It was another year of war for Syria, one in which the tide swung from forces opposed to the Assad regime back to the Syrian military and those aligned with it. The Lowy Institute Research Fellow Rodger Shanahan made sure Interpreter readers knew not just what was going on but what it meant. In the words of Bob Bowker, Adjunct Professor at the Centre for Arab & Islamic Studies at ANU and former Syrian ambassador:
Anguish over the humanitarian tragedy of Syria, including Aleppo, is no substitute for policy, and in that regard Rodger Shanahan can be relied upon for careful and balanced appraisal of the political and military factors which bedevil choices for western countries. Shanahan is all too aware of the risks attendant upon the application of military power to situations where credible, achievable and durable political objectives justifying such use of force have not been articulated. And he brings to his analysis a respect for the limits of western influence in the Middle East that critics of US policy should acknowledge.
In February, the Munich meeting of the International Syria Support Group arrived at an agreement for a lull in fighting to allow in desperately needed humanitarian aid. Shanahan was cautious in his appraisal:
Of course, the utility of this agreement will become pretty apparent in the next one or two weeks. We will soon be able to make an informed judgment about whether it is of any practical benefit or whether it is simply another insubstantial announcement, with the real solution ultimately coming via the barrel of a gun.
In March, Assad forces and allies ousted ISIS from the ancient city of Tadmore (Palmrya). Shanahan explained why the recapture was more political than strategic.
As the political negotiations continue to limp along and a reduction of violence has been achieved in many areas in Syria, any signs of Syrian government military success on other fronts against internationally-acknowledged terrorist groups can only strengthen its hand. This is particularly the case as the apparent unity of effort of the Syrian government coalition contrasts (as always) with the disunity of the various militias in the north and south of the country.
By May, the Geneva peace process was 'pretty much moribund,' Shanahan concluded.
While the 'cessation of hostilities' has more or less held and led to a reduction in deaths, a golden thread has started to unravel the cessation: Aleppo. This is not only because Aleppo has been a strategic focus of the regime since the introduction of Russian airpower allowed Syrian and allied forces to resume offensive operations, but also due to the fact that Jabhat al-Nusra operates within it.
In September, Shanahan wrote of the holes in the latest cessation of hostilities agreement 'that you could drive a truck though'. By October, with images of the bombs raining down in Aleppo, the predictable calls for the US 'to do something' were coming thick and fast. Shanahan battted them away:
President Obama has no shortage of commentators and pundits who have any number of suggestions for getting involved in military action in Syria, but not one of them has any coherent sense of where such action would lead, or even what to do when the opening military actions don't achieve the effect envisioned. That is the difference between the calculations of a commander-in-chief, who needs to look at things strategically, and commentators and advocates who can't see past the tactical.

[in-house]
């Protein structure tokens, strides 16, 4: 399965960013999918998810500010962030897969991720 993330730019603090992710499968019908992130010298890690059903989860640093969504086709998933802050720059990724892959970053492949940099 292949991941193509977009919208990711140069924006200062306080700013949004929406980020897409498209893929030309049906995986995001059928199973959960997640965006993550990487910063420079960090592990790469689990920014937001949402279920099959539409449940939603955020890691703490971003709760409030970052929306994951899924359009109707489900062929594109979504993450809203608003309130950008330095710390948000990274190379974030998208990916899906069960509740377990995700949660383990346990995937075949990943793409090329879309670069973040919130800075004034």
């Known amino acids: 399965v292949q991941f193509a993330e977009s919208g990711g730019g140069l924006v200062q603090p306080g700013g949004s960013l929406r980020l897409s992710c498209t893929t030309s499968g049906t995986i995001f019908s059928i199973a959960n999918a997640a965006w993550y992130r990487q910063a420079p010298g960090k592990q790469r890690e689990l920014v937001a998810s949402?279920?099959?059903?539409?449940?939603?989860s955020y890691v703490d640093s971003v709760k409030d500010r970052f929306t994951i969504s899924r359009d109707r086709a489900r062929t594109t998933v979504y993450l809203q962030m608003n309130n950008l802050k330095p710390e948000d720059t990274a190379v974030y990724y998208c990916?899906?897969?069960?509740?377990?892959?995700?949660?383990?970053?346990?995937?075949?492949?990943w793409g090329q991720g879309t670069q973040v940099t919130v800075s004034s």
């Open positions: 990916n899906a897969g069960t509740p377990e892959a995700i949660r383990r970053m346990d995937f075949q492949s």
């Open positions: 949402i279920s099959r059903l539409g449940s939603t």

As the year drew to a close Aleppo was falling and the calls for the West to do something, anything, to rescue civilians became louder. Shanahan suggested the world's ire would have been better directed at the rebel groups who were ready to keep sacrificing civilian lives in a battle they were clearly not going to win.
It’s true that many civilians have died and will die in Aleppo at the hands of the Assad regime. The wide use of area weapons inside populated areas contravenes international humanitarian law, and there are reports (unverified and in many cases from pro-opposition outlets) that extra-judicial killings have been carried out. All horrible.
But it is also fair to focus on the armed groups in east Aleppo, and why they appeared willing to fight to the last Syrian civilian, even after their fate was sealed. East Aleppo was going to fall, but the armed groups ensured that more of it was destroyed and more civilians within it were killed than ever needed to be the case.
The war is not over yet. Assad forces still have to retake Idlib and Raqqa. In relation to the former, Shanahan suggested Assad may not be in any hurry.
A festering concentration of al-Qa‘ida aligned jihadis, Salafist and Islamist fighters and nationalist groups in the one province will suit Damascus’ purposes. And while Assad works out how to cut deals with Syrian Kurdish groups in the northeast and tribal groups in the east after Islamic State has collapsed, fixing as many armed elements as he can in Idlib will allow him to better concentrate his forces and maintain a coherent narrative for the outside world’s consumption.
Come January 20, Syria will no longer be Obama's problem. Shanahan pondered how Trump will act in Syria, given two seemingly contradictory points of view.
...simplifying US policy towards Syria by acknowledging Russia’s stake and downplaying Assad’s departure as a prerequisite for the resolution of the civil war is also in line with Tehran’s policy. Trump has been deeply critical of the Iran nuclear agreement and told to the American Israel Public Affairs Committee (AIPAC) that he would stand up to Iran’s ‘aggressive push to destabilize and dominate the region’. Yet a new Syria policy along the lines described here would actually suit Tehran. Is Trump's AIPAC statement inconsistent with his comments on Syria? Absolutely. But inconsistency is an aspect of the Trump presidency we will all have to learn to live with.